A Wyoming Outdoors Council representative, Nathan Maxon, said he's already seeing it. One bentonite industry worker told Maxon that he is concerned about the plan after hearing a commissioner say it may be bad for industry.

Of course, without knowing the specifics, he likely fears the worst.

In order to trust the government's handling of public lands, citizens need to be able to listen to discussion concerning their land. Opening the meetings would help Big Horn Basin residents gauge the situation for themselves.

That's what many interest groups want.

For commissioners, they feel the public needs to see how environmentally-oriented the plan may be. For environmentalists, they believe the public needs to see how commissioners and others are seeking to make the plan industry-friendly.

With doors closed and information limited, citizens are unable to make their own assessments.

While we appreciate the opposition commissioners and others have voiced, at this point, it seems it may be too little, too late.

A BLM representative made the point last week that the bureau doesn't want to change horses midstream.

Still, the BLM's reluctance to allow public access at meetings concerning the public's land is unacceptable. In a democracy, citizens have a right to be involved with discussion involving their land.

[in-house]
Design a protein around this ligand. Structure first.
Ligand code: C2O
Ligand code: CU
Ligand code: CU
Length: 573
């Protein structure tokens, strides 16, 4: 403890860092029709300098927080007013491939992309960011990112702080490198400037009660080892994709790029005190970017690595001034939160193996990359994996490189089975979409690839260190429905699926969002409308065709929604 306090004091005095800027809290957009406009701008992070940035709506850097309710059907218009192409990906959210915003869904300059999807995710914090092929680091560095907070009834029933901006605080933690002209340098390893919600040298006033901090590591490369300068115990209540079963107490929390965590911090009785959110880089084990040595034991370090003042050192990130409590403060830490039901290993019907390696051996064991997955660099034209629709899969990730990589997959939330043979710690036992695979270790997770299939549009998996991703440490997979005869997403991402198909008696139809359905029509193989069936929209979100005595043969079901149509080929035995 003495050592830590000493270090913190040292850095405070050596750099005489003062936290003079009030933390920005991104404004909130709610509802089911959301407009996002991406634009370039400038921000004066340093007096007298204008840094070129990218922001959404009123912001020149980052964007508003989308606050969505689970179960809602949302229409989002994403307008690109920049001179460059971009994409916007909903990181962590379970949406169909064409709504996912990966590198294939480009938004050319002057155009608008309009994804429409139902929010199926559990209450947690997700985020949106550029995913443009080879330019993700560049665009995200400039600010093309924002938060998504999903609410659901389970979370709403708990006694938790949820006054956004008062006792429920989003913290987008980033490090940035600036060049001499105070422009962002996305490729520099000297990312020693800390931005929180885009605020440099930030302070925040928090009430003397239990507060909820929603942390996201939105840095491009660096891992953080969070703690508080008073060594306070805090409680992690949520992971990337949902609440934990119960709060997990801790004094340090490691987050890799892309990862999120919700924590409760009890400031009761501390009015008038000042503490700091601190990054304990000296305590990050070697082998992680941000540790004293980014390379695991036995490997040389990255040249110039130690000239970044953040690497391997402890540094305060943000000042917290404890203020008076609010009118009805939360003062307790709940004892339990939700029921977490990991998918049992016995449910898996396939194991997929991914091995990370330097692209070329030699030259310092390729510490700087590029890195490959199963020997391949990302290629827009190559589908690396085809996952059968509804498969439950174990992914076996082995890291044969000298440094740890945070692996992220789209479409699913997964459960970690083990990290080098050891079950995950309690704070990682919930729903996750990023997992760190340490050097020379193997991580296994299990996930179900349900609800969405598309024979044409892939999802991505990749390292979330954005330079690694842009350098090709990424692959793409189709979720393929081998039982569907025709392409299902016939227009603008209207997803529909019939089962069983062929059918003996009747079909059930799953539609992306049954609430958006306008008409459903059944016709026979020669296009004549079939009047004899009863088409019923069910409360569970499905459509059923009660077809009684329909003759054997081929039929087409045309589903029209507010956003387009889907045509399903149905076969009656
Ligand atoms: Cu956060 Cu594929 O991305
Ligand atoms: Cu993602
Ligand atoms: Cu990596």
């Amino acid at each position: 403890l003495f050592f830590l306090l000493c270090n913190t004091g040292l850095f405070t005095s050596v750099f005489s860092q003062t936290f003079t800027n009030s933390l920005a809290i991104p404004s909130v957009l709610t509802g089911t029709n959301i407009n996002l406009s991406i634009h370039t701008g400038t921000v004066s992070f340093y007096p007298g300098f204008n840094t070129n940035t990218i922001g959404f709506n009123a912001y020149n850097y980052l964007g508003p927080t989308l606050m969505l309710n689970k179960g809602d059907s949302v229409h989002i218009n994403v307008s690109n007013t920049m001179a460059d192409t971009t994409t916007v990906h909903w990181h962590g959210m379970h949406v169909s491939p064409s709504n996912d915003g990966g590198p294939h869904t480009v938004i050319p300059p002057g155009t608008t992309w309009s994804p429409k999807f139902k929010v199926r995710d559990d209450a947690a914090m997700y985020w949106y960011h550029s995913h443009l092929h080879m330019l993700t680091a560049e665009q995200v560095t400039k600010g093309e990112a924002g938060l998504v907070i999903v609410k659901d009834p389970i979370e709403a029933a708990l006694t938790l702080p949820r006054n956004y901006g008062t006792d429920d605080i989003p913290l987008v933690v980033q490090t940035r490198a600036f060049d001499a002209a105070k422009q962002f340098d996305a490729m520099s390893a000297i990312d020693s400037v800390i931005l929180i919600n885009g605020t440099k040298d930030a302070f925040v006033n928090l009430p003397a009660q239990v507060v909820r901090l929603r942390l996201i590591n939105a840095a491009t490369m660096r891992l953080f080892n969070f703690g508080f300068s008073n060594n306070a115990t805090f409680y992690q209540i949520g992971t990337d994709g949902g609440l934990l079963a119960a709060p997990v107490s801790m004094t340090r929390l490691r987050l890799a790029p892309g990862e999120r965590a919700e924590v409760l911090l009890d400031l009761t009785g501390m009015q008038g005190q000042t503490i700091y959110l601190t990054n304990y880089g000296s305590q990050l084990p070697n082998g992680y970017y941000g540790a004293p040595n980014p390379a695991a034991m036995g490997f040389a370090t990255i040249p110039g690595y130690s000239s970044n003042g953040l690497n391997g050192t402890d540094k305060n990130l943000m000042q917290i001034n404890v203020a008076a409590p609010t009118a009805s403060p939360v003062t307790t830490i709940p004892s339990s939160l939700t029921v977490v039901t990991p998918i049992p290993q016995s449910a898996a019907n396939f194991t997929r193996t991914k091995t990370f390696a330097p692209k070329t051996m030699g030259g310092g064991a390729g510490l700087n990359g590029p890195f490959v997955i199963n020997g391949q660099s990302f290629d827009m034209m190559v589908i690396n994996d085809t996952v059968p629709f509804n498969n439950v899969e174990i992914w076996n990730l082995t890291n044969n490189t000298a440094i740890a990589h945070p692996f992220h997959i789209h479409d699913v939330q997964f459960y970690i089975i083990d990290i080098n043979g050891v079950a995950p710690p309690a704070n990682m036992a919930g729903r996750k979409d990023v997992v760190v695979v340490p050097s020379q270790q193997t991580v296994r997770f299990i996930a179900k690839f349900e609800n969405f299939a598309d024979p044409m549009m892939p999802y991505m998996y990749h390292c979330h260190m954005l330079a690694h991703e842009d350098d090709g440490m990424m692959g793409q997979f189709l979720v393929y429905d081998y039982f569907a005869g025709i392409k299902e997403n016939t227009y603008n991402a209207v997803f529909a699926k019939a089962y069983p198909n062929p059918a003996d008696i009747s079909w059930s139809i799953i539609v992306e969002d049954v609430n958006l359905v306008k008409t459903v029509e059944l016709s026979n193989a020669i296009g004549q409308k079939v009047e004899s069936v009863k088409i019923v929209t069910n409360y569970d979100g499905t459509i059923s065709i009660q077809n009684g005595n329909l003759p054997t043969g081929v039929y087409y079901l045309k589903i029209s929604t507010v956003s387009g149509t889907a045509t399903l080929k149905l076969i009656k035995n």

What is the harm if the BLM lets the public know what is happening during the revision process? Excuses from the bureau have fallen short.

February 23, 2010 3:35 am

Grant V. Bjerke

(April 26, 1918 - Feb. 19, 2010)

Grant V. Bjerke, 91, died Friday, Feb. 19, 2010 in Cheyenne.

He was born April 26, 1918 in Grafton, N.D. and had lived in Cheyenne since 1962, with prior residence in Bowdoin and Malta, Mont., and Riverton, Worland and Powell.

Grant worked with his father in a plumbing shop following his graduation from Powell High School in 1936.
He served in the Navy from 1942-1948 on the USS Belleau Wood.

He was employed by Wyoming Automotive/Industrial Automotive/Fairmont Automotive before retiring in 1988.

Grant was a member of the Airport Golf Course and Cheyenne Bowling Association, and he was still active in both until the time of his death.

He is survived by two sons, Kibben Bjerke of Platina, Calif. and Dale Bjerke (Tamara) of Cheyenne; three sisters, Rhoda Gillilandand Eileen Kindler, both of Cody, and Betty Ann Butler of San Diego, Calif.; three grandchildren; and three great-grandchildren.

He was preceded in death by his wife, Audrey America (Snodgrass) Bjerke in 1954; parents, Conrad and Mary Bjerke; two brothers, Lee Bjerke and William Bjerke; and sister Avis Bjerke.

Services will be in Cheyenne, with military honors provided by the American Legion Post #6 Honor Guard.
Interment will be Friday, March 5, at 10 a.m. in Crown Hill Cemetery.

Thompson Funeral Home will be handling local arrangements.

February 23, 2010 3:28 am

Burns Bassett Brimhall

(Feb. 12, 1946 - Oct. 30, 2009)

Longtime Cody businessman Burns Bassett Brimhall died at his home on Oct. 30, 2009. He is buried in Riverside Cemetery.